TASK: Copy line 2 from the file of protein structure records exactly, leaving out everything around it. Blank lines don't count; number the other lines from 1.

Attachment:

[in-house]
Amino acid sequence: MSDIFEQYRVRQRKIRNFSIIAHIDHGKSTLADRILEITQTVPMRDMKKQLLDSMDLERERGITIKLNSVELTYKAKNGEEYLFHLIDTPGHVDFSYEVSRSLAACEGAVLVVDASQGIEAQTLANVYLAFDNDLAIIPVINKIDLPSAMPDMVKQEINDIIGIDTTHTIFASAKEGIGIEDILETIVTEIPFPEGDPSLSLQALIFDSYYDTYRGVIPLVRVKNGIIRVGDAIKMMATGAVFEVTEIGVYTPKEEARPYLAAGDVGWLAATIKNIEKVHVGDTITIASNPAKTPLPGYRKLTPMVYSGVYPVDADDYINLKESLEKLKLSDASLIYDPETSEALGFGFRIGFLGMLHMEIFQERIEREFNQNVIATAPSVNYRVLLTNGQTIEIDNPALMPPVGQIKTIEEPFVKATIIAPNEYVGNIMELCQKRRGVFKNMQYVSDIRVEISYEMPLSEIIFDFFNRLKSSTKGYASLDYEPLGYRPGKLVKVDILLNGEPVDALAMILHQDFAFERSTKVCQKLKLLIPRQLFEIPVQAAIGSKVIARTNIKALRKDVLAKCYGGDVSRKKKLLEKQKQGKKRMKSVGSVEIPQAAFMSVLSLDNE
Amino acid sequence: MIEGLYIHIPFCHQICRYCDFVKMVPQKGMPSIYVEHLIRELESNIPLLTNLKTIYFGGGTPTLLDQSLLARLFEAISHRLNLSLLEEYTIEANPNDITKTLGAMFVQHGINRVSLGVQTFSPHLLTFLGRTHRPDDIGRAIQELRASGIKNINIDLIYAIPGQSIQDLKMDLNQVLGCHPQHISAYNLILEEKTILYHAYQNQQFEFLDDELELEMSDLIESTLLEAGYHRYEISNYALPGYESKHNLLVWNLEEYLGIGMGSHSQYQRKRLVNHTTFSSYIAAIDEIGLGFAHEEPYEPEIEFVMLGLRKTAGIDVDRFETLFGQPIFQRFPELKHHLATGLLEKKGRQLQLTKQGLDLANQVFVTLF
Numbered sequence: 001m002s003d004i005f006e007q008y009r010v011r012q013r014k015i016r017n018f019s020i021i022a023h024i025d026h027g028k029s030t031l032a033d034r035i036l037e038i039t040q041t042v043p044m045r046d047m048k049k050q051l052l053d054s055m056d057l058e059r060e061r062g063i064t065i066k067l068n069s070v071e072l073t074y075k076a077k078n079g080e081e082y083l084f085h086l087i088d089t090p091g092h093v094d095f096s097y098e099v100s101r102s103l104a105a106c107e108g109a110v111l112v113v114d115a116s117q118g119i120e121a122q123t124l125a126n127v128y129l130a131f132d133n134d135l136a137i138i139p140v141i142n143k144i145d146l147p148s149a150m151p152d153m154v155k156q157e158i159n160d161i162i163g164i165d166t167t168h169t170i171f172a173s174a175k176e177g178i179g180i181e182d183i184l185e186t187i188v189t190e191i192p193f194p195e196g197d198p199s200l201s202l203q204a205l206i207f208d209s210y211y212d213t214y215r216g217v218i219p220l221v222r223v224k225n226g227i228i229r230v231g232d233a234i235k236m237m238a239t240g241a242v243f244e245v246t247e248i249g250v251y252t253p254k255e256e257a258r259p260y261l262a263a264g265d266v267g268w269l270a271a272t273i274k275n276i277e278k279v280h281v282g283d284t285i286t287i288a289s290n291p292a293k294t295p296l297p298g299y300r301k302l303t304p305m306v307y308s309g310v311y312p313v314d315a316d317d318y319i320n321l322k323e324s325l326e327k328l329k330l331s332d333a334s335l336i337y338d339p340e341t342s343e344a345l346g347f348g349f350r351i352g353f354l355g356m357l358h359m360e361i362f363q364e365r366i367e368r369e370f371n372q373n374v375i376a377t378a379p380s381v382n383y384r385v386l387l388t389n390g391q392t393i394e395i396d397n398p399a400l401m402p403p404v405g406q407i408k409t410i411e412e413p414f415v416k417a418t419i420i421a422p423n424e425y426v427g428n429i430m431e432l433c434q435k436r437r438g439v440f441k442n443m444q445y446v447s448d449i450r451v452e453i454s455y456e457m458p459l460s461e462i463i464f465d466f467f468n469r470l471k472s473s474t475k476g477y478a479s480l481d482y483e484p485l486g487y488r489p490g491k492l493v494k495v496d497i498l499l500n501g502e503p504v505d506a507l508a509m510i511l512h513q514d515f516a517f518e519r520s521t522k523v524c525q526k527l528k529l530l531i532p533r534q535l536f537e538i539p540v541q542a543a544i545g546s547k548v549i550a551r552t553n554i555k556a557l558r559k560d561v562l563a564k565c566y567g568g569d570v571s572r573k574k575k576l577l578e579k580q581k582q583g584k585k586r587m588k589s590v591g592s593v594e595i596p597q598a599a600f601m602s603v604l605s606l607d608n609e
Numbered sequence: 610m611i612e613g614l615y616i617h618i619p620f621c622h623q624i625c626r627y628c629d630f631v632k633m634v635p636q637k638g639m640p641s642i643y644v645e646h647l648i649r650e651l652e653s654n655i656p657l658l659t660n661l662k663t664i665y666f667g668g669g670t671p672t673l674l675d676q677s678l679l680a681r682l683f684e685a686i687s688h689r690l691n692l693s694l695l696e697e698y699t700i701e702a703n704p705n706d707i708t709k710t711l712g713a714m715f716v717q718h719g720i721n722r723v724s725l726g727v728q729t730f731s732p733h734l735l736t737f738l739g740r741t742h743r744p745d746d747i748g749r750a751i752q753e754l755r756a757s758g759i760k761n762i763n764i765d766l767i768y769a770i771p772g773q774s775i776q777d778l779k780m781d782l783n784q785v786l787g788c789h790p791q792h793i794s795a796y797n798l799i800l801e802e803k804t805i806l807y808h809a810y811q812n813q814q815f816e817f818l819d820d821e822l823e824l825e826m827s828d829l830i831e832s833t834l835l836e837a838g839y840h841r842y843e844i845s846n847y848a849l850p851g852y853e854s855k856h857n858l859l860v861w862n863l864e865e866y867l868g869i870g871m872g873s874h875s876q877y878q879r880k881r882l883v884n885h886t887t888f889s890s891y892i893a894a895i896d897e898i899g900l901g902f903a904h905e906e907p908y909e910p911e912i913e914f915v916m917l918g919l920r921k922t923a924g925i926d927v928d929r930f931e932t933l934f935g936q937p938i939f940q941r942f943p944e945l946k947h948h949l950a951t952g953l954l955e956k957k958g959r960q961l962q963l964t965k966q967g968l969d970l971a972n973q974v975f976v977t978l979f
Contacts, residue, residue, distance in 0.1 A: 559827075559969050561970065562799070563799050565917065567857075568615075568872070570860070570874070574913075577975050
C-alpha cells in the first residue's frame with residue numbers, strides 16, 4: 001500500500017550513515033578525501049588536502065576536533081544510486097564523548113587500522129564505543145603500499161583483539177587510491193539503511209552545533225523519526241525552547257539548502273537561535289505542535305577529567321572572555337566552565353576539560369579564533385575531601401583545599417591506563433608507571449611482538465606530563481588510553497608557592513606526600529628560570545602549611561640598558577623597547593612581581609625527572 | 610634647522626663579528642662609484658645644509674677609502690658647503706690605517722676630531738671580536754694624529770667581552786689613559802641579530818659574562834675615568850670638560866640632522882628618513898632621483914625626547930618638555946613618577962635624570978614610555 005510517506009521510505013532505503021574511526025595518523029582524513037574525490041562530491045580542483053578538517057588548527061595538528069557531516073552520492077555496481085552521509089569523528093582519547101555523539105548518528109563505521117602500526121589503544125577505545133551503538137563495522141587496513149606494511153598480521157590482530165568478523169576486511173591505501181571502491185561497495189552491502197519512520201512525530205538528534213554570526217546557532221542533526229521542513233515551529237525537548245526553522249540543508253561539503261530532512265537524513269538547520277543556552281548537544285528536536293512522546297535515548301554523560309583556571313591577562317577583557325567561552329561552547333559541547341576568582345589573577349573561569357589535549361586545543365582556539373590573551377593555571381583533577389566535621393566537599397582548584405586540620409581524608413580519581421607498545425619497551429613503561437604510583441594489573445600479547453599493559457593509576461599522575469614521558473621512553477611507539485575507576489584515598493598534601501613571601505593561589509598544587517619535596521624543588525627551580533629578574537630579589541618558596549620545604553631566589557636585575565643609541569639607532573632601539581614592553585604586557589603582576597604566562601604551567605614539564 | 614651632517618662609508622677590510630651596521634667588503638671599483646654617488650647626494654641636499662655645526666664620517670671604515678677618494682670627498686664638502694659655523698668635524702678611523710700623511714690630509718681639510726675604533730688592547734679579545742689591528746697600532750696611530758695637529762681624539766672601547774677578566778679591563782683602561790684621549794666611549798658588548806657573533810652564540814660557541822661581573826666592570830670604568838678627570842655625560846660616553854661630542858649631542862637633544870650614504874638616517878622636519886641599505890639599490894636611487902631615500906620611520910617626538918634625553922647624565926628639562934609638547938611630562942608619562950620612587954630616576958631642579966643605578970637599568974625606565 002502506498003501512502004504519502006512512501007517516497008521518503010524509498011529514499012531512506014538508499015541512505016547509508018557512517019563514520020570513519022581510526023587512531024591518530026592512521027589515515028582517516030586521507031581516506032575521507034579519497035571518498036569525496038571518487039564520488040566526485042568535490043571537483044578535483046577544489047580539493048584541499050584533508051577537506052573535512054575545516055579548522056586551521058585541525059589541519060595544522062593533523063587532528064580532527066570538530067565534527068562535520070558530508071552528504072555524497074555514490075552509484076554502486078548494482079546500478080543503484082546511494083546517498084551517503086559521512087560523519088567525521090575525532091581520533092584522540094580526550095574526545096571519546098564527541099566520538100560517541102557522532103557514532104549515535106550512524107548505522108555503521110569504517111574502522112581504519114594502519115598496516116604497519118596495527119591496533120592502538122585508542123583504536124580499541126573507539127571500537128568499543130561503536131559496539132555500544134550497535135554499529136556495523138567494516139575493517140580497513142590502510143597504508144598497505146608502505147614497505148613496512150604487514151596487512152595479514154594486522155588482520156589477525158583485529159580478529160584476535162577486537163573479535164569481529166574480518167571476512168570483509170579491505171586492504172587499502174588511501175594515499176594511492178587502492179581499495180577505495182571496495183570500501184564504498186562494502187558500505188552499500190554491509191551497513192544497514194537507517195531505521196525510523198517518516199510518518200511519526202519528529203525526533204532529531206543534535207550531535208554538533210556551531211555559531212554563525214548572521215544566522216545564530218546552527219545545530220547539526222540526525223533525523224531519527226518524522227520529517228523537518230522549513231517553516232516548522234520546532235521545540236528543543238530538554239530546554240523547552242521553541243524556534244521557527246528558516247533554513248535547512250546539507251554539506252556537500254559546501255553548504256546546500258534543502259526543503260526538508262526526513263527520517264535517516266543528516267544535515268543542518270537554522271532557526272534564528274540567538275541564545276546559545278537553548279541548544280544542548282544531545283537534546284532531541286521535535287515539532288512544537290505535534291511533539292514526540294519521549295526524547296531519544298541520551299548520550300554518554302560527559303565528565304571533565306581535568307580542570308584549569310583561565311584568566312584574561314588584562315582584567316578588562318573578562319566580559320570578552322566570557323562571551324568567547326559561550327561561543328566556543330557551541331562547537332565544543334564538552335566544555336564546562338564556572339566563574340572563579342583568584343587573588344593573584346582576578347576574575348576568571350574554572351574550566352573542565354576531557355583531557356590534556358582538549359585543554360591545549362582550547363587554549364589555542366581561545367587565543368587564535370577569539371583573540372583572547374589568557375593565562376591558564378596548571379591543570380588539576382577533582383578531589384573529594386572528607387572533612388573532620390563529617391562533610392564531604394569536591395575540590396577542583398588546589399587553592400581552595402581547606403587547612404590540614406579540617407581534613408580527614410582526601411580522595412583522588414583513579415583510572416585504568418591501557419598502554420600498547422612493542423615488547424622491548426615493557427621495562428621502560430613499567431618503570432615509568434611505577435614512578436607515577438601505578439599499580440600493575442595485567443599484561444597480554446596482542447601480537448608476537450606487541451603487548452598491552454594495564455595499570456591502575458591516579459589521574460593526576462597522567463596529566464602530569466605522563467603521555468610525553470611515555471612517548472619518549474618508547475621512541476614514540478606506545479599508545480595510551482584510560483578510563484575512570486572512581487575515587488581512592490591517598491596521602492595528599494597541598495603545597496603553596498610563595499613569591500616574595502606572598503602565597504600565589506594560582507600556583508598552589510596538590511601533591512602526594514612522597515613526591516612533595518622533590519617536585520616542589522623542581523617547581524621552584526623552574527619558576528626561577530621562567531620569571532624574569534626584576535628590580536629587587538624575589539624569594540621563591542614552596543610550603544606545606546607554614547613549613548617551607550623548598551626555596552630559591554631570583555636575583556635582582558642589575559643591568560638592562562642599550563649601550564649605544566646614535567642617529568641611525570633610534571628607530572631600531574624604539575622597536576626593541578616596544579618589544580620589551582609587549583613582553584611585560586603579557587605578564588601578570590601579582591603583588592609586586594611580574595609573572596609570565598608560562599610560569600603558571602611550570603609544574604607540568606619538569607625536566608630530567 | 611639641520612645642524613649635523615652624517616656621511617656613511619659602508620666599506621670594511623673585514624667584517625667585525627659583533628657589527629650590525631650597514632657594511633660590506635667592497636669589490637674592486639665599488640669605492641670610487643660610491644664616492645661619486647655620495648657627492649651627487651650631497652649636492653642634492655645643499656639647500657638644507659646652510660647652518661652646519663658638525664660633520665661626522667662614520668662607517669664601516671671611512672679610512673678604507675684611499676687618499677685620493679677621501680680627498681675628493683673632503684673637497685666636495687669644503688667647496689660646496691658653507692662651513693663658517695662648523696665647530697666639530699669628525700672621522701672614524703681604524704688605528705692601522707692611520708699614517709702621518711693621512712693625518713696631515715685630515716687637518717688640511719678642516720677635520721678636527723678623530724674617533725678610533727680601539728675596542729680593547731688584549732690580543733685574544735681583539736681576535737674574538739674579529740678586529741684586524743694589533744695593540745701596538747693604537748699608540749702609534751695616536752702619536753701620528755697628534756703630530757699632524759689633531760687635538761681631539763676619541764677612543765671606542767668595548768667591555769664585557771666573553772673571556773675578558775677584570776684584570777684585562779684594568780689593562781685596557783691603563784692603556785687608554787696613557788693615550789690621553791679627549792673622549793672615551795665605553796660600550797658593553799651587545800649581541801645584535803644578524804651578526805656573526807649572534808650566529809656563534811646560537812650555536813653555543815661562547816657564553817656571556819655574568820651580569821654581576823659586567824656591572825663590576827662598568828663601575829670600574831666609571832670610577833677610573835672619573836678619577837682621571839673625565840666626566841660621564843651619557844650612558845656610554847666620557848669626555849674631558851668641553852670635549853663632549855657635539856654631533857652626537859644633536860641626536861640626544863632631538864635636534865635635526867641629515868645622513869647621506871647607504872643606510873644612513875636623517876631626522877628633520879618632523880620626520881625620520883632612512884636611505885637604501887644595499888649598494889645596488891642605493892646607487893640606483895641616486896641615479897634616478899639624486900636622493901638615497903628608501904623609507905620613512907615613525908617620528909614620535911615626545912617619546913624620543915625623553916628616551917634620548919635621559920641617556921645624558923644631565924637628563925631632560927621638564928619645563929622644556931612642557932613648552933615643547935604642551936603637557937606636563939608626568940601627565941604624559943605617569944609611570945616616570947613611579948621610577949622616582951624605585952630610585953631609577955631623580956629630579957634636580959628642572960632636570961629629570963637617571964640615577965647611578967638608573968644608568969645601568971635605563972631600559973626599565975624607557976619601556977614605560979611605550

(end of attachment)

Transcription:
Amino acid sequence: MSDIFEQYRVRQRKIRNFSIIAHIDHGKSTLADRILEITQTVPMRDMKKQLLDSMDLERERGITIKLNSVELTYKAKNGEEYLFHLIDTPGHVDFSYEVSRSLAACEGAVLVVDASQGIEAQTLANVYLAFDNDLAIIPVINKIDLPSAMPDMVKQEINDIIGIDTTHTIFASAKEGIGIEDILETIVTEIPFPEGDPSLSLQALIFDSYYDTYRGVIPLVRVKNGIIRVGDAIKMMATGAVFEVTEIGVYTPKEEARPYLAAGDVGWLAATIKNIEKVHVGDTITIASNPAKTPLPGYRKLTPMVYSGVYPVDADDYINLKESLEKLKLSDASLIYDPETSEALGFGFRIGFLGMLHMEIFQERIEREFNQNVIATAPSVNYRVLLTNGQTIEIDNPALMPPVGQIKTIEEPFVKATIIAPNEYVGNIMELCQKRRGVFKNMQYVSDIRVEISYEMPLSEIIFDFFNRLKSSTKGYASLDYEPLGYRPGKLVKVDILLNGEPVDALAMILHQDFAFERSTKVCQKLKLLIPRQLFEIPVQAAIGSKVIARTNIKALRKDVLAKCYGGDVSRKKKLLEKQKQGKKRMKSVGSVEIPQAAFMSVLSLDNE